The life, passions, and humorous spirit of late comedian and activist Jonah Bascle — who died Dec. 2 from complications concerning muscle dystrophy — were honored Sunday by a memorial march with Mardi Gras zest and joy, a re-enactment of the protest that marked his run for mayor and a roast in Bascle’s home-base comedy club on Freret Street.
Bascle’s celebration started at The Kingpin, where attendants dressed in both fun and formal attire, as they enjoyed festivities at one of Bascle’s regular hangouts. The Kingpin was one of the first venues that Bascle made wheelchair accessible with a ramp.
“One of my favorite things about Jonah was his passion for improving the life of others,” said Liz Dunbar, a friend of the family.
The celebration’s atmosphere briefly shifted when Bascle’s close family and friends made their entrance from Prytania Street. But that moment of mourning quickly gave way to smiles and good-spirits, as everyone proceeded to second-line.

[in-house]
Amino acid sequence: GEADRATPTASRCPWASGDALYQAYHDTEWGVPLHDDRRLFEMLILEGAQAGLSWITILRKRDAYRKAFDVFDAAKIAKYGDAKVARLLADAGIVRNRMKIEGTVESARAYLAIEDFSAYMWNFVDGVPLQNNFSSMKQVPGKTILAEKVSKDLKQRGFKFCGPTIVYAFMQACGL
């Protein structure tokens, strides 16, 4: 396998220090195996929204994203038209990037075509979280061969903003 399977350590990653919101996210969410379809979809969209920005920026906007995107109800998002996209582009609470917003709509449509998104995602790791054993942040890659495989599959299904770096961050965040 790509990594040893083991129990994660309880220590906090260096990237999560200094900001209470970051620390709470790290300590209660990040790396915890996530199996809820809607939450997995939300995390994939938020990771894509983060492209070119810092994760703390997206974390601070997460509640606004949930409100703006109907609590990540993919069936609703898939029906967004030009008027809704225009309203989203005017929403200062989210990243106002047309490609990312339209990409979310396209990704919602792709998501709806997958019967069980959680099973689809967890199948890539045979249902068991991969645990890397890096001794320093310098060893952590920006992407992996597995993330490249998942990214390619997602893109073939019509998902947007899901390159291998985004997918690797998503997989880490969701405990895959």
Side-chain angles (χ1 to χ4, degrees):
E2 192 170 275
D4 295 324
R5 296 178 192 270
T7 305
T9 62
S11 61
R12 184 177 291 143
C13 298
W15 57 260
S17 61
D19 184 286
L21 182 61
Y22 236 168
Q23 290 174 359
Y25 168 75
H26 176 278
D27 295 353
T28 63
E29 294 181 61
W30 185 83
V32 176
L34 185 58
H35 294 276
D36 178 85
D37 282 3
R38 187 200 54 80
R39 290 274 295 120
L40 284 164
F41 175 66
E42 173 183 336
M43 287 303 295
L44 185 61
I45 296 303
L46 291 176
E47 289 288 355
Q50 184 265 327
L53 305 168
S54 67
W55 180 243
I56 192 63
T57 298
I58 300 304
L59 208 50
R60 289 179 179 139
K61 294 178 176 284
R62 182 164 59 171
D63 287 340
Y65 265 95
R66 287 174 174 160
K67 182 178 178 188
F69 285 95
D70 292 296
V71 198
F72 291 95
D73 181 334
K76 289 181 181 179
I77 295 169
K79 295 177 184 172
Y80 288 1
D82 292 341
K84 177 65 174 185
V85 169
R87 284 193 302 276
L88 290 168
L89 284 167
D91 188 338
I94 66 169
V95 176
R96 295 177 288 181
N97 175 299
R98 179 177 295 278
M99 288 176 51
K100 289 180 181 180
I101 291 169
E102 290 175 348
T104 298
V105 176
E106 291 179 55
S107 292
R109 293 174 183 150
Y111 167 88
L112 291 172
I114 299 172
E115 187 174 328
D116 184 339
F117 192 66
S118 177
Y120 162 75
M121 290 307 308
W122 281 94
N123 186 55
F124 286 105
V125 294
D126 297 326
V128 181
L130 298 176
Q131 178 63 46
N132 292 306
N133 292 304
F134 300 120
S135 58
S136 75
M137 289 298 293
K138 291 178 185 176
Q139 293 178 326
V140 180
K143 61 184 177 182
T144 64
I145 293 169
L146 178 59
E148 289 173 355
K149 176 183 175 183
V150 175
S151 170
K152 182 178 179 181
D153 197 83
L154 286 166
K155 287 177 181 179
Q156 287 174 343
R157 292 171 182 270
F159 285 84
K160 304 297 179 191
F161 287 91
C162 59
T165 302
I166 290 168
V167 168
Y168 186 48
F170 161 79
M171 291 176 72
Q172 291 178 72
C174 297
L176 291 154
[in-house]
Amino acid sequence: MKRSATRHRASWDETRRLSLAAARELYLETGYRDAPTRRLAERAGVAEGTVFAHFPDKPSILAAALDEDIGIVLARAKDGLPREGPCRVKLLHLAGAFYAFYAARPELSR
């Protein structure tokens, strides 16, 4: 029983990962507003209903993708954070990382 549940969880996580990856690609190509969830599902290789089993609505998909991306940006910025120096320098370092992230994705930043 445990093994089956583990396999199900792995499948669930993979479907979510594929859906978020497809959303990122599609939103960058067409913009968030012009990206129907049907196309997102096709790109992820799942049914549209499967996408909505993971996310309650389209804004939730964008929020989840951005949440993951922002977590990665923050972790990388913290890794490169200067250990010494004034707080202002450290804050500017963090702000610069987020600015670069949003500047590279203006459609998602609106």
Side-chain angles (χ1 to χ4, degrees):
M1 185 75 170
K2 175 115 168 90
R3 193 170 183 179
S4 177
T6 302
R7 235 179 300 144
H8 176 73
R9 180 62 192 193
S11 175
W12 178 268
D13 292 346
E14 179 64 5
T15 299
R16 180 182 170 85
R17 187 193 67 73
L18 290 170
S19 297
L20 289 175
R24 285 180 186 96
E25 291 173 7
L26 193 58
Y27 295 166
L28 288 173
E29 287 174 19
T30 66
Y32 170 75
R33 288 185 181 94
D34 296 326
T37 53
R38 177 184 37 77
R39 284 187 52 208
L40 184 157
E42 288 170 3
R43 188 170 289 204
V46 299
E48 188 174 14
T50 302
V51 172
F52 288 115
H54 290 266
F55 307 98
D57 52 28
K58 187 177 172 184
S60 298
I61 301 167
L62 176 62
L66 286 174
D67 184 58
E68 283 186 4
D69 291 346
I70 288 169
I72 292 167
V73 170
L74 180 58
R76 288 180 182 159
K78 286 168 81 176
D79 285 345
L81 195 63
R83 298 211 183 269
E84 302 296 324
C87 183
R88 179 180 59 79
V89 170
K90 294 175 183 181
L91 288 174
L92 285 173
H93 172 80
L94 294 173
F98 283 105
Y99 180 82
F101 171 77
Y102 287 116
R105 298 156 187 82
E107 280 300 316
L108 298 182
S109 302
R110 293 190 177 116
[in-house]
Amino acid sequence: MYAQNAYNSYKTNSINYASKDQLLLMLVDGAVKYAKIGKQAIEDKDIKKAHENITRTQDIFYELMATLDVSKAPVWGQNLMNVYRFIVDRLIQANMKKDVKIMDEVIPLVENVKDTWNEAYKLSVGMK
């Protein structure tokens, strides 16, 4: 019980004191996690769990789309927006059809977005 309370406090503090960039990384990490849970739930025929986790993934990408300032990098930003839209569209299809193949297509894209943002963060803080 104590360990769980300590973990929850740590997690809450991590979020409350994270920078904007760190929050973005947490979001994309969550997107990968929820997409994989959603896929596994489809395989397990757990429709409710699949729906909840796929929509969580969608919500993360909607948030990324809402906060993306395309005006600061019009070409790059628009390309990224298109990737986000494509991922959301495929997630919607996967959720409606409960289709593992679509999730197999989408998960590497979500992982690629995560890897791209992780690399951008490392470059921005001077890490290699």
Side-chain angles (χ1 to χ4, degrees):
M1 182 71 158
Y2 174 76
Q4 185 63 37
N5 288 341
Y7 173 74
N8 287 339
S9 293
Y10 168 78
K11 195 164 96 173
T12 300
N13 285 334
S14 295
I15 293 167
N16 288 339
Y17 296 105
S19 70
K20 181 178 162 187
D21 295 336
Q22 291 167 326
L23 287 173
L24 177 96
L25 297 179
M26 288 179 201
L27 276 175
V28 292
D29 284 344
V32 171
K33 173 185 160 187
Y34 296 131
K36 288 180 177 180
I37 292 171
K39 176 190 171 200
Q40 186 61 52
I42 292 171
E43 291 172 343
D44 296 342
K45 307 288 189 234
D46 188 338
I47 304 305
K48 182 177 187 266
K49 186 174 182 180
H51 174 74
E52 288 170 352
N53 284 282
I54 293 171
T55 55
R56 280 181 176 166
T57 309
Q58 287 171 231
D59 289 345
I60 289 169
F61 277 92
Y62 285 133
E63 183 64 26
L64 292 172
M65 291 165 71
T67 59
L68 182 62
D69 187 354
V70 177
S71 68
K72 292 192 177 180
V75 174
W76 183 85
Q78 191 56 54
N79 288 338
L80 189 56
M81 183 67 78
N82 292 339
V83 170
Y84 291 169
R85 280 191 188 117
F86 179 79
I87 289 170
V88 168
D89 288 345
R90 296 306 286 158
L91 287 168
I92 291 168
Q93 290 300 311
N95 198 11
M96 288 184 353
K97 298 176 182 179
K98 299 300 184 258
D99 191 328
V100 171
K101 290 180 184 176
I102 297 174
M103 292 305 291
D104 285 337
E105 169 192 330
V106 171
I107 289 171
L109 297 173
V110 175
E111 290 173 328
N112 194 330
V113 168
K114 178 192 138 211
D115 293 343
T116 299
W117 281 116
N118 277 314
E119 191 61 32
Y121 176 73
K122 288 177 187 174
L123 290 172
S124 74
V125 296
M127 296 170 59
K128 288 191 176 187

“Everyone just was full of love,” said Jonah Bascle’s younger brother Frankie Ford.
The memorial march’s stop at St. Charles and Valence Street honored Bascle’s activism and run for mayor by confronting the incoming street car chanting, “Let him ride!”
“This is exactly what he wanted,” said Frankie Ford. “It’s perfect.”
The roast featured Bascle’s fellow La Nuit comedians and friends taking shots at each other and Bascle, concerning his handicap, ego, love life, creativity, and work. Some roasts ended with solemn words.
“Jonah Bascle was a movement,” said comedian Brian Bonhagen in reminiscing on laying on St. Charles’ streetcar tracks to support Bascle’s activism.
Bascle’s friend Robbie Stickney explained that Bascle had the last laugh in the end. His comedy roast made people he loved and connected with talk about him for hours.